The 1990s fell to 50 percent with “Dances With Wolves” (1990), “Silence of the Lambs” (1991), “Schindler’s List” (1993), “Forrest Gump” (1994) and “Titanic” (1997), while the 2000s fell to 30 percent with “Gladiator” (2000), “Chicago” (2002) and “LOTR: Return of the King” (2003).
Now, the 2010s have bottomed out at 0 percent. That’s right, zero of our Top 10 grossers win Best Picture with “The King’s Speech” (2010) at No. 18, “The Artist” (2011) at No. 71, “Argo” (2012) at No. 22, “12 Years a Slave” (2013) at No. 62, “Birdman” (2014) at No. 78, “Spotlight” (2015) at No. 62, “Moonlight” (2016) at No. 92 and “The Shape of Water” (2017) at No. 46.
What changed? Franchises. Yes, the same decade that Gordon Gekko proclaimed, “Greed is good,” Hollywood studios fell in love with the franchise model, preferring the safe bet of sequels over the risk of original content. Can you really blame Oscar voters for wanting to reward fresh ideas rather than those who ride the coattails of other past filmmakers?
Think about it, if we start rewarding the box-office champ, we’ll open a can of worms where “Star Wars 10” wins Best Picture when the original “Star Wars” did not in 1977. “Indiana Jones 5” could very well win Best Picture when “Raiders of the Lost Ark” did not in 1981. And “Batman vs. Superman 4” could win Best Picture while “The Dark Knight” did not in 2008.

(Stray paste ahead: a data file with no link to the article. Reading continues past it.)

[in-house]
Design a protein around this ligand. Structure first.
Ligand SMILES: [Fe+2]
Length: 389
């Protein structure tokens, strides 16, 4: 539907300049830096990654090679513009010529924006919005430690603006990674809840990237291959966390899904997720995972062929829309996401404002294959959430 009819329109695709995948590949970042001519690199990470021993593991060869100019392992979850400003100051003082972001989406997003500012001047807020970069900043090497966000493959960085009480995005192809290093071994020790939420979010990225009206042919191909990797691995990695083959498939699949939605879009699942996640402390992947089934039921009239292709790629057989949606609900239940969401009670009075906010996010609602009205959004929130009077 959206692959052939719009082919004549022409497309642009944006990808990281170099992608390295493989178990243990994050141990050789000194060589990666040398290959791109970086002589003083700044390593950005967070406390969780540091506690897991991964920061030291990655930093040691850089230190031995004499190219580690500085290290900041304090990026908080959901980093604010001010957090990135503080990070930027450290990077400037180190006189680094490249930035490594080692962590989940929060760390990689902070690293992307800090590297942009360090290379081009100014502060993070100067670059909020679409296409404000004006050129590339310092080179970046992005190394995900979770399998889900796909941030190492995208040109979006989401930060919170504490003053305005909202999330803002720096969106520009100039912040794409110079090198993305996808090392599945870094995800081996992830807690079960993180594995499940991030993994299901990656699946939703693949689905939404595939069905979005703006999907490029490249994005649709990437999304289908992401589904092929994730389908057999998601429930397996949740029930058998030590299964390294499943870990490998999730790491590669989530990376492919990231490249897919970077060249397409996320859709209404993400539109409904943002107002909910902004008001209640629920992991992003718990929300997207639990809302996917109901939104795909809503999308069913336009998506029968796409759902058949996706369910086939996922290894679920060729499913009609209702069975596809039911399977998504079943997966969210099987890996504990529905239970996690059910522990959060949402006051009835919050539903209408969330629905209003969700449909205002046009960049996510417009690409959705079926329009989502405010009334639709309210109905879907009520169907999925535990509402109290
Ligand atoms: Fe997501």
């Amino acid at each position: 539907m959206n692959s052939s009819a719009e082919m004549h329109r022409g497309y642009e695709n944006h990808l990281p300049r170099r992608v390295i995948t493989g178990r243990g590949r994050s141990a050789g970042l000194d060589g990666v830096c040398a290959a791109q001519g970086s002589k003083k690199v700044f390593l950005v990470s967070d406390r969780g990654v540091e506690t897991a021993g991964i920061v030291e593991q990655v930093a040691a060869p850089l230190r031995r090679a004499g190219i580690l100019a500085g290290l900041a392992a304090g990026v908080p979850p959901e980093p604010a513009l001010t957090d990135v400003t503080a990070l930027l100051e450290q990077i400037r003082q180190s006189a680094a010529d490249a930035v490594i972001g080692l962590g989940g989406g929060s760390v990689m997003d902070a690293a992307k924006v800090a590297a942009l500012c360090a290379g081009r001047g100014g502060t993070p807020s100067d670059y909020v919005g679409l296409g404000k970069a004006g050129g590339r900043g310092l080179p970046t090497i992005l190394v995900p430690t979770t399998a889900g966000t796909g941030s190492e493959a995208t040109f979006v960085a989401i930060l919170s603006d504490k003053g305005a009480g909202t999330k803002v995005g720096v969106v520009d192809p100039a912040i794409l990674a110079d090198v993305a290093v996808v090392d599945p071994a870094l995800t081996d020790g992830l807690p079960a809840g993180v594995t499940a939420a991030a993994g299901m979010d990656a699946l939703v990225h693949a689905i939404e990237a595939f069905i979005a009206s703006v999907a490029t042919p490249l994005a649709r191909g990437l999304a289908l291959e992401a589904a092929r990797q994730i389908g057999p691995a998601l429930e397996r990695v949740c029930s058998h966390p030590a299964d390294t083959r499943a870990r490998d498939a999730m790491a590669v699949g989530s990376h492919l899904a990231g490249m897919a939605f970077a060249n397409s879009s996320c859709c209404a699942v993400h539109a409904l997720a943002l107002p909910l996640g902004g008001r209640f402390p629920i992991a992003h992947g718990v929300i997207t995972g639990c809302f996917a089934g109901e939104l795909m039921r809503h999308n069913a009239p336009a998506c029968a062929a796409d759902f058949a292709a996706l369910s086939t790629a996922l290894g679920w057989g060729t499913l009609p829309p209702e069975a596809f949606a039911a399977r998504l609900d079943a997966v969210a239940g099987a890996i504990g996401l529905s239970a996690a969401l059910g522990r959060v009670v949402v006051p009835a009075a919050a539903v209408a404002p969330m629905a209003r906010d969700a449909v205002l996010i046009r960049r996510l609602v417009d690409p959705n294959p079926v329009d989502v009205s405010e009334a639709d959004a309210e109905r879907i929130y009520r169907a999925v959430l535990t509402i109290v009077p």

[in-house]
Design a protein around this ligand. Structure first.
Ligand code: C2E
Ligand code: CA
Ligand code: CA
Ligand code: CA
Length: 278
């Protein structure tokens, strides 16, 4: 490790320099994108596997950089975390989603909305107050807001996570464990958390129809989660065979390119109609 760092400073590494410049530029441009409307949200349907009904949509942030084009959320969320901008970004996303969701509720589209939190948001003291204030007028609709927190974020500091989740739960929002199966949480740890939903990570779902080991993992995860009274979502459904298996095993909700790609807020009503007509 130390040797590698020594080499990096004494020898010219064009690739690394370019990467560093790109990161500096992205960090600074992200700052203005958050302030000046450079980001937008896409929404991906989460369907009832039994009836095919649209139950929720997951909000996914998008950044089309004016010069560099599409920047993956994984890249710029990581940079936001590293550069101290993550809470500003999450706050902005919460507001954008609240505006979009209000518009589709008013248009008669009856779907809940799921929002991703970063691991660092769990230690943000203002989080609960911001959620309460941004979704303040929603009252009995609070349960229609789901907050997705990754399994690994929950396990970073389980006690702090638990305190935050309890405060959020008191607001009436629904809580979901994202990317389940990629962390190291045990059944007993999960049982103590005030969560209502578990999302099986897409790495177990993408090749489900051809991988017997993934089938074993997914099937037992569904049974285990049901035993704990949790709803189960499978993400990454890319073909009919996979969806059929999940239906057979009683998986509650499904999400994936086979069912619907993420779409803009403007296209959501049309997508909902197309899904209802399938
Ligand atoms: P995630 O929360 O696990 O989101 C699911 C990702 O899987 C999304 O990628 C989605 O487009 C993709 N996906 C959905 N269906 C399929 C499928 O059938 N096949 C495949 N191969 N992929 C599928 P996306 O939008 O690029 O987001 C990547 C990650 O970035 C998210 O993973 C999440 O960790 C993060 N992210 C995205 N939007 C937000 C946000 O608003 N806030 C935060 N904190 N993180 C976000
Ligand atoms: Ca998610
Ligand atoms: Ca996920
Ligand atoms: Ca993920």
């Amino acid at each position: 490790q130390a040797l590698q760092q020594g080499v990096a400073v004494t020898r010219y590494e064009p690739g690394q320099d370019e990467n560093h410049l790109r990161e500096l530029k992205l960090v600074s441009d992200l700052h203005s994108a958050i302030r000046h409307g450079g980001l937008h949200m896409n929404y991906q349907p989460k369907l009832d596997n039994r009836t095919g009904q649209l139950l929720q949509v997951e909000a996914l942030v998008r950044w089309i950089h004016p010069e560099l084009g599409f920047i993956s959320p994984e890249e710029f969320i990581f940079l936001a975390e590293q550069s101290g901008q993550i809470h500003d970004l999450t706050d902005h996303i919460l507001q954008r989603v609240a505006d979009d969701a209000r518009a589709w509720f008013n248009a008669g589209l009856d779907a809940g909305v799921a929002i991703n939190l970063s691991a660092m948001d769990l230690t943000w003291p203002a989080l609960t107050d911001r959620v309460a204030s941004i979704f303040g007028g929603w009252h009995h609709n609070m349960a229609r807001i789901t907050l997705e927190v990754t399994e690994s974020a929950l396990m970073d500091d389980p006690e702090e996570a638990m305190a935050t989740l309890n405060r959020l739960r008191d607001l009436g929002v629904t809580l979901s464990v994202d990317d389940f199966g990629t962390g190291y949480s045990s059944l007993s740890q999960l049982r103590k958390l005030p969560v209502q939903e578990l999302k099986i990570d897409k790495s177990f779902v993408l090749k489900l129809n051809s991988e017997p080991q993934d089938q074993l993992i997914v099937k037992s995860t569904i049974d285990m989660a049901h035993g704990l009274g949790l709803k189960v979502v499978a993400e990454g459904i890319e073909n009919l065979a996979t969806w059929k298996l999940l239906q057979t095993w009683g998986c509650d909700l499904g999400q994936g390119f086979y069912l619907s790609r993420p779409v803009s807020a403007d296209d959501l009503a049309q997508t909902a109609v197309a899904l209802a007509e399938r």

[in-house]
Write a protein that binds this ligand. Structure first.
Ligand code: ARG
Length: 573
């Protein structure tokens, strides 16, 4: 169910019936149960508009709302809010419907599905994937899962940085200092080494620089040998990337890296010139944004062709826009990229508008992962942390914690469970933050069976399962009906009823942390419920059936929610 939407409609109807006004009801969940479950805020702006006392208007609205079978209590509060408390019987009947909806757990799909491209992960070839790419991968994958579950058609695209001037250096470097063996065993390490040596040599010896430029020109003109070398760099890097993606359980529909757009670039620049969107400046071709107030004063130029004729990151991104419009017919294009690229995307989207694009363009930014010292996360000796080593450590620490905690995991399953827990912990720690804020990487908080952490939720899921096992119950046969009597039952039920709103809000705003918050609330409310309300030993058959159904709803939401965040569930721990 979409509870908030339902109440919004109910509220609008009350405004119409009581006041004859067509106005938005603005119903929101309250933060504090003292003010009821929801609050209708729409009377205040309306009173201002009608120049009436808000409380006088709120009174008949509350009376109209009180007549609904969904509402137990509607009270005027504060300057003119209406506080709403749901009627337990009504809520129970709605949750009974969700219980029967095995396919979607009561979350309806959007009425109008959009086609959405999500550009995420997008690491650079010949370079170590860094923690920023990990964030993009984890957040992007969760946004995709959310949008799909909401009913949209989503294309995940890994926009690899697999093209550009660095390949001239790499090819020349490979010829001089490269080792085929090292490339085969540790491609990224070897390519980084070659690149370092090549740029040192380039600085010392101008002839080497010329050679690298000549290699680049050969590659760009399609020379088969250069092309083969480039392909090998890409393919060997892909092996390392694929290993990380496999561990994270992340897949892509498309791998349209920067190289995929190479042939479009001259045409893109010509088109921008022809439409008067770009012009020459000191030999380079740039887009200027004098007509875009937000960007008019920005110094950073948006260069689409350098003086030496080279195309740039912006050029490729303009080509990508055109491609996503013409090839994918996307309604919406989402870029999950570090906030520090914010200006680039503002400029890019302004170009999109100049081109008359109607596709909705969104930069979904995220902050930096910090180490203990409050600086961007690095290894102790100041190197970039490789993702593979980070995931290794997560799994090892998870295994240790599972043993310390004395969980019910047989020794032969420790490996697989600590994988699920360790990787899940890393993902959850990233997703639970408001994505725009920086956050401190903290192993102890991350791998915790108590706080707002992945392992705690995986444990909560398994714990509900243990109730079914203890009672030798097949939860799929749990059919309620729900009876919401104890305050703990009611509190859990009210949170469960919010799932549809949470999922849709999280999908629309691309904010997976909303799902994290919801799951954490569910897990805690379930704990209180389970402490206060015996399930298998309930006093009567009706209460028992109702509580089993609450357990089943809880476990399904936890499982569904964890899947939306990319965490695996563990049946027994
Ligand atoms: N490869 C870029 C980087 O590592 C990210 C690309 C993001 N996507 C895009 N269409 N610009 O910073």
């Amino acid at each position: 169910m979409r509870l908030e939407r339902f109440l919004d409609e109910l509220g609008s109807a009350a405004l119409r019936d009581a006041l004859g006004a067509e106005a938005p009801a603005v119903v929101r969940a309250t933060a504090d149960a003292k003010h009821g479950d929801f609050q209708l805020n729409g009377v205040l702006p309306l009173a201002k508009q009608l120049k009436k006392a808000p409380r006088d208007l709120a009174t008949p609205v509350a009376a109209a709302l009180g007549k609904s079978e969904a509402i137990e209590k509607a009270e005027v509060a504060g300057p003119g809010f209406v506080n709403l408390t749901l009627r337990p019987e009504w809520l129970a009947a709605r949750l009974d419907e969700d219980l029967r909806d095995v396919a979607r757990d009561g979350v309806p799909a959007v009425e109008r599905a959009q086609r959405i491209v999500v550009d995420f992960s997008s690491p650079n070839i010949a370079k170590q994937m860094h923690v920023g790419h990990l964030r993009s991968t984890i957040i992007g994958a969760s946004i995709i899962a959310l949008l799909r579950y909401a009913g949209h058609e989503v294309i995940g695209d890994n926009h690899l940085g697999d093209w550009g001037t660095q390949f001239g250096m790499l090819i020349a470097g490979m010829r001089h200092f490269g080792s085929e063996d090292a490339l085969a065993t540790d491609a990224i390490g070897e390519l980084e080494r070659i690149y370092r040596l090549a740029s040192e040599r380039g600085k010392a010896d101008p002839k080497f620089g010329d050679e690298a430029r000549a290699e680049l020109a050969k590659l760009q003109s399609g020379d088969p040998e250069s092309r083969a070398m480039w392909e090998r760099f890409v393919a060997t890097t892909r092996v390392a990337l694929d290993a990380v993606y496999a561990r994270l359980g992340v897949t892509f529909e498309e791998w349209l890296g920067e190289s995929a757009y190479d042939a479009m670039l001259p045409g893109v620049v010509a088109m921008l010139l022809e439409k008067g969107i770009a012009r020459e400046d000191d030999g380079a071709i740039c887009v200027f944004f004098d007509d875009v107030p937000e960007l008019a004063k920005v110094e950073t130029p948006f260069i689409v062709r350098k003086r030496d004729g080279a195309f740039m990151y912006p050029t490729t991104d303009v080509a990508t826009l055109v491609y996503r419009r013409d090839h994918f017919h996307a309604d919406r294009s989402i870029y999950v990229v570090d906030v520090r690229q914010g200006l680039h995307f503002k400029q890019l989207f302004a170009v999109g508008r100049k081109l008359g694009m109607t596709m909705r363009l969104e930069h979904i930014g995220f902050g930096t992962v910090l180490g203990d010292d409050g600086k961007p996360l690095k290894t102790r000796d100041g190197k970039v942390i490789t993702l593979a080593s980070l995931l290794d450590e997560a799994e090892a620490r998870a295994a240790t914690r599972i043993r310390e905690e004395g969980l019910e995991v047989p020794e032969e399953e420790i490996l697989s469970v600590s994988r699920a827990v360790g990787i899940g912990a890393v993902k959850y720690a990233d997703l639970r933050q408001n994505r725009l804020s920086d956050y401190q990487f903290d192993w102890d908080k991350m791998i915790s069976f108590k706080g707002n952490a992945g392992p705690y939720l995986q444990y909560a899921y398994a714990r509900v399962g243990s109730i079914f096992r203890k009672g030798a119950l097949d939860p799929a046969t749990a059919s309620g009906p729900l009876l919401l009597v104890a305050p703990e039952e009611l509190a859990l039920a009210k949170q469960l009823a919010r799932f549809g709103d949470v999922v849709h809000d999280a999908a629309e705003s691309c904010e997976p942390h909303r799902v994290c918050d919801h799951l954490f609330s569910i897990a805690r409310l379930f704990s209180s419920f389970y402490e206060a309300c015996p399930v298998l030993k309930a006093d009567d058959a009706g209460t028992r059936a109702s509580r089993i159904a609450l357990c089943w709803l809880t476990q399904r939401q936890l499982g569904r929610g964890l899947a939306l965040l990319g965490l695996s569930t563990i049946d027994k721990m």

The truth is that sequels don’t make money on their own merits; they capitalize on built-in brands. Are we supposed to reward the film itself, or decades of action figures, trailers and market research that ensured it would be the year’s top grosser before anyone even saw it?
Alas, we’re crying over spilled milk. Hollywood is already drinking our milkshakes. Pandora’s envelope is officially opened. The genie is out of the bottle and the lamp is being rubbed by Disney, which owns both Marvel and ABC and thus wants to honor superheroes. All that we passionate movie buffs can do now is memorize two Best Picture winners for every year.
Tinseltown’s Cooperstown just decided to crown two World Series champions each year: one team that wins on the scoreboard and another team with the highest stadium attendance.
Time to dust off the old T-ball participation trophy. It’s starting to look a lot like Oscar gold.
Or as Robert DeNiro told Ben Stiller, “Focker, I didn’t know they made ninth-place ribbons.”